Joe Bonamassa Shares The Recipe For ‘John Mayer Meets Eric Clapton Sound’

The legendary blues-rock guitarist, singer, and songwriter Joe Bonamassa opened up about the must-have music equipment during an appearance on Cory Wong’s Wong Notes Podcast and revealed the tips in order to achieve a combination of John Mayer and Eric Clapton.

As many of you might already know, Joe Bonamassa is widely known for his extensive collection of vintage amplifiers and guitars he started collecting at an early age thanks to his parents who owned a music shop in upstate New York.

Bonamassa even has a special area in his house named ‘Bona-seum’ in which his vintage gear, vintage guitars, and amps are displayed. Since he has an enormous collection, enough to create his own museum, it’s fair to say the legendary musician is the expert when it comes to any type of music equipment.

During a recent interview, Joe Bonamassa revealed some of the pieces of equipment every guitarist needs in addition to revealing the process fans should follow if they want to create a hybrid sound including two iconic musicians such as John Mayer and Eric Clapton.

Apparently, all they need to do in order to achieve a ‘thick and round sound,’ according to Bonamassa is to use B.K. Buttler tube driver in addition to a combination of a Dyna Comp and a Big Muff and that’s when any guitarist can have the sound of John Mayer Eric Clapton mixture.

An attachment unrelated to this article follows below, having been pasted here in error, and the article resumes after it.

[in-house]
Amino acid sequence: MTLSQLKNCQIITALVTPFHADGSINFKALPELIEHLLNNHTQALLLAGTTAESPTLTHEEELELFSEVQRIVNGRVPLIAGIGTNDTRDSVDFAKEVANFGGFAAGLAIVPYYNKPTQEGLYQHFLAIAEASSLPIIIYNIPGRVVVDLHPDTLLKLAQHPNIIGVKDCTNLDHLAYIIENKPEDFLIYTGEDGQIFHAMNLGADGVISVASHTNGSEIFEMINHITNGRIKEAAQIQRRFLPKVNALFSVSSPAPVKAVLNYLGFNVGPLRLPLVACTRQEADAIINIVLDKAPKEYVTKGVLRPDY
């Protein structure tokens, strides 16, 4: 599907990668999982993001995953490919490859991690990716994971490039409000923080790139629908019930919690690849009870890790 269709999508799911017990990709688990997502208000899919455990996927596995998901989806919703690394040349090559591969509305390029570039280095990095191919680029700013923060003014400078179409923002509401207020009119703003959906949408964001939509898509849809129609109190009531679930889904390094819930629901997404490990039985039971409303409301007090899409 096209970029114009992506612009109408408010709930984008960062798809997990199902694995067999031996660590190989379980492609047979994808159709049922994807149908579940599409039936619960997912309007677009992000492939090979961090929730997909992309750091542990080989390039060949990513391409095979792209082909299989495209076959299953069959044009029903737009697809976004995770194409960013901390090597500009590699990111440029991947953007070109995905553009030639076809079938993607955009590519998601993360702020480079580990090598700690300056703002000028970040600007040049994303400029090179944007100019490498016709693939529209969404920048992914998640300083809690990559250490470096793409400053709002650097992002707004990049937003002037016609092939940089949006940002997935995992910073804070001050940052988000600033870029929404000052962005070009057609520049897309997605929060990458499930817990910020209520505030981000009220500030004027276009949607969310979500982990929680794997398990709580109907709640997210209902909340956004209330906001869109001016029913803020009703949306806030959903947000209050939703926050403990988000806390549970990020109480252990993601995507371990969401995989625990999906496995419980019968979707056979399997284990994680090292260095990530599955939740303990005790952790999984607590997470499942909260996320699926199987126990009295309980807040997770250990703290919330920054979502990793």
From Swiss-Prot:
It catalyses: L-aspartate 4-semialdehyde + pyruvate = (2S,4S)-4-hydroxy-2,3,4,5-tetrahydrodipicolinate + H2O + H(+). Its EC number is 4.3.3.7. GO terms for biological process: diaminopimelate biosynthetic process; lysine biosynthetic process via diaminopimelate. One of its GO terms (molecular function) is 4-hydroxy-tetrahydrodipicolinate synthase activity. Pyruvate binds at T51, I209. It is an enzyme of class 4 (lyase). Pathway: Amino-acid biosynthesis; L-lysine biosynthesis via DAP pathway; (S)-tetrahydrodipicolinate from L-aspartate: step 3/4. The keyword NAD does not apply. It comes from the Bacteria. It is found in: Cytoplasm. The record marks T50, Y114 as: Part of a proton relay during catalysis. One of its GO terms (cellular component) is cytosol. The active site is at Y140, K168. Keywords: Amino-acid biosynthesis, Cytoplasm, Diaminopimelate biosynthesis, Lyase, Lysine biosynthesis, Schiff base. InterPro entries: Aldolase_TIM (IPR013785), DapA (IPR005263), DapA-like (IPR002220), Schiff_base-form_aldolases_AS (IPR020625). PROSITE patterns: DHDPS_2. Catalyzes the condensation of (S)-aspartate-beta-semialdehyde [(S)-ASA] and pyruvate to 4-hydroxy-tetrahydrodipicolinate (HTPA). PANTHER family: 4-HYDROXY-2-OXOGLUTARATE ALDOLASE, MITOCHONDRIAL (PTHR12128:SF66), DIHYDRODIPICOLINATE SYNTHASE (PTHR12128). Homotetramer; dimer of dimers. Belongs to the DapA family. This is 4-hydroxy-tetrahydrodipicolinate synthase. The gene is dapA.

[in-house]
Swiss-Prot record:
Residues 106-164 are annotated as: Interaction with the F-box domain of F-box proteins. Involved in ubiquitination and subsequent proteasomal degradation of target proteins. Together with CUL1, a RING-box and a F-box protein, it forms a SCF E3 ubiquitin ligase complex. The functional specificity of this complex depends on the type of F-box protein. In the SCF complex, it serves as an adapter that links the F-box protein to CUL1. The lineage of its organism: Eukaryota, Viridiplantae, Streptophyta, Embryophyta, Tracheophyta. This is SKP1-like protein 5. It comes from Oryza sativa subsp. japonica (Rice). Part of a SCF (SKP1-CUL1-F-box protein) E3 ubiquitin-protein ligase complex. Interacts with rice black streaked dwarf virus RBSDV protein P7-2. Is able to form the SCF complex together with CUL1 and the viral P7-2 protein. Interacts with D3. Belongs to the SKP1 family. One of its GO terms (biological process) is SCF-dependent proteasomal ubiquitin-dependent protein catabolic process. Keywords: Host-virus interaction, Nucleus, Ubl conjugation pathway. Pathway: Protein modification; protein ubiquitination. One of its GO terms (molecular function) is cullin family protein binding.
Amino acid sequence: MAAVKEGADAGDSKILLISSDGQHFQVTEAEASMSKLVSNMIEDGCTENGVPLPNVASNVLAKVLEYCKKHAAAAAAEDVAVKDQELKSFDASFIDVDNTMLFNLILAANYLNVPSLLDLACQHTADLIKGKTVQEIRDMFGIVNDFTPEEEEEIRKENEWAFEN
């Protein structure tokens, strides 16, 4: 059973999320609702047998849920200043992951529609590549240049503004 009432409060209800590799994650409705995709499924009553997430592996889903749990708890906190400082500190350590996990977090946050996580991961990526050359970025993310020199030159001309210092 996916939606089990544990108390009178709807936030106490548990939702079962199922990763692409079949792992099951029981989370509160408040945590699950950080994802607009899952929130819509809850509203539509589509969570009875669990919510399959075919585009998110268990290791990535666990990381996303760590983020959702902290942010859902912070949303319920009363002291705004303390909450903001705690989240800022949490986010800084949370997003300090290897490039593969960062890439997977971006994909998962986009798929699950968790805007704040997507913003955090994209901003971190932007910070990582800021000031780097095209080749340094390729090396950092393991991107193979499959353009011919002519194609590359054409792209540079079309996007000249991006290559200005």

Here is what the interviewer asked:

“What do you suggest for me as an overdrive if I want the John Mayer meets Clapton sound – is that still overdrive?”

Here is what Bonamassa said:

“You mean like that kind of thick, really round sound? The thing about what Eric does is – he had that mid boost in his guitar, and if you’ve ever messed with one and you turn the mid boost up to like five or six, you go, ‘OK, this is how he does it,’ and he basically plugs straight in.

I’m not very well-versed in the thousands and thousands of boutique pedals, but I would say if you were to require something like that, you could probably achieve it pretty closely with either some sort of B.K. Buttler tube driver.

Or probably a combination of like a Dyna Comp and like a Big Muff, something that keeps everything together, but yet the Big Muff Fuzz isn’t as sputtery as Fuzz Face, so you get that big mid-range, it’s just that big thick thing in the middle.”

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